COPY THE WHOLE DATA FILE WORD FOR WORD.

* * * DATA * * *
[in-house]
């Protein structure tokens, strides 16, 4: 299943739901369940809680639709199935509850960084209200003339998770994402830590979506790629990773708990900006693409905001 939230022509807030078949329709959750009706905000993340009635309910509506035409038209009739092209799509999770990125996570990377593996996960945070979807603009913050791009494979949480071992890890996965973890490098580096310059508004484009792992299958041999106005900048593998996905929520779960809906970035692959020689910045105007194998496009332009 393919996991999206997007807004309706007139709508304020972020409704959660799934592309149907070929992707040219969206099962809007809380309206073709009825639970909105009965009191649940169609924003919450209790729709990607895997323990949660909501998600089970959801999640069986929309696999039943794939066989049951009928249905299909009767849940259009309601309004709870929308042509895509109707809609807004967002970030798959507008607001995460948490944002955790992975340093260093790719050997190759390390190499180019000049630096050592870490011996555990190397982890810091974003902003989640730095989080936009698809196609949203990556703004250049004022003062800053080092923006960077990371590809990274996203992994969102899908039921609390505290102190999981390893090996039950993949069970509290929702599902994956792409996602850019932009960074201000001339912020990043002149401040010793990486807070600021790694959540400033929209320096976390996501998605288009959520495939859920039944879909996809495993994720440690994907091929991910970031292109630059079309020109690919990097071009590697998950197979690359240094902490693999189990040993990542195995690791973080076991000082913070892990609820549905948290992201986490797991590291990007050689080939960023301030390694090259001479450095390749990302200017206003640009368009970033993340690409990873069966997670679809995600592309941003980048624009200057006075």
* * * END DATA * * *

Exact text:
[in-house]
């Protein structure tokens, strides 16, 4: 299943739901369940809680639709199935509850960084209200003339998770994402830590979506790629990773708990900006693409905001 939230022509807030078949329709959750009706905000993340009635309910509506035409038209009739092209799509999770990125996570990377593996996960945070979807603009913050791009494979949480071992890890996965973890490098580096310059508004484009792992299958041999106005900048593998996905929520779960809906970035692959020689910045105007194998496009332009 393919996991999206997007807004309706007139709508304020972020409704959660799934592309149907070929992707040219969206099962809007809380309206073709009825639970909105009965009191649940169609924003919450209790729709990607895997323990949660909501998600089970959801999640069986929309696999039943794939066989049951009928249905299909009767849940259009309601309004709870929308042509895509109707809609807004967002970030798959507008607001995460948490944002955790992975340093260093790719050997190759390390190499180019000049630096050592870490011996555990190397982890810091974003902003989640730095989080936009698809196609949203990556703004250049004022003062800053080092923006960077990371590809990274996203992994969102899908039921609390505290102190999981390893090996039950993949069970509290929702599902994956792409996602850019932009960074201000001339912020990043002149401040010793990486807070600021790694959540400033929209320096976390996501998605288009959520495939859920039944879909996809495993994720440690994907091929991910970031292109630059079309020109690919990097071009590697998950197979690359240094902490693999189990040993990542195995690791973080076991000082913070892990609820549905948290992201986490797991590291990007050689080939960023301030390694090259001479450095390749990302200017206003640009368009970033993340690409990873069966997670679809995600592309941003980048624009200057006075």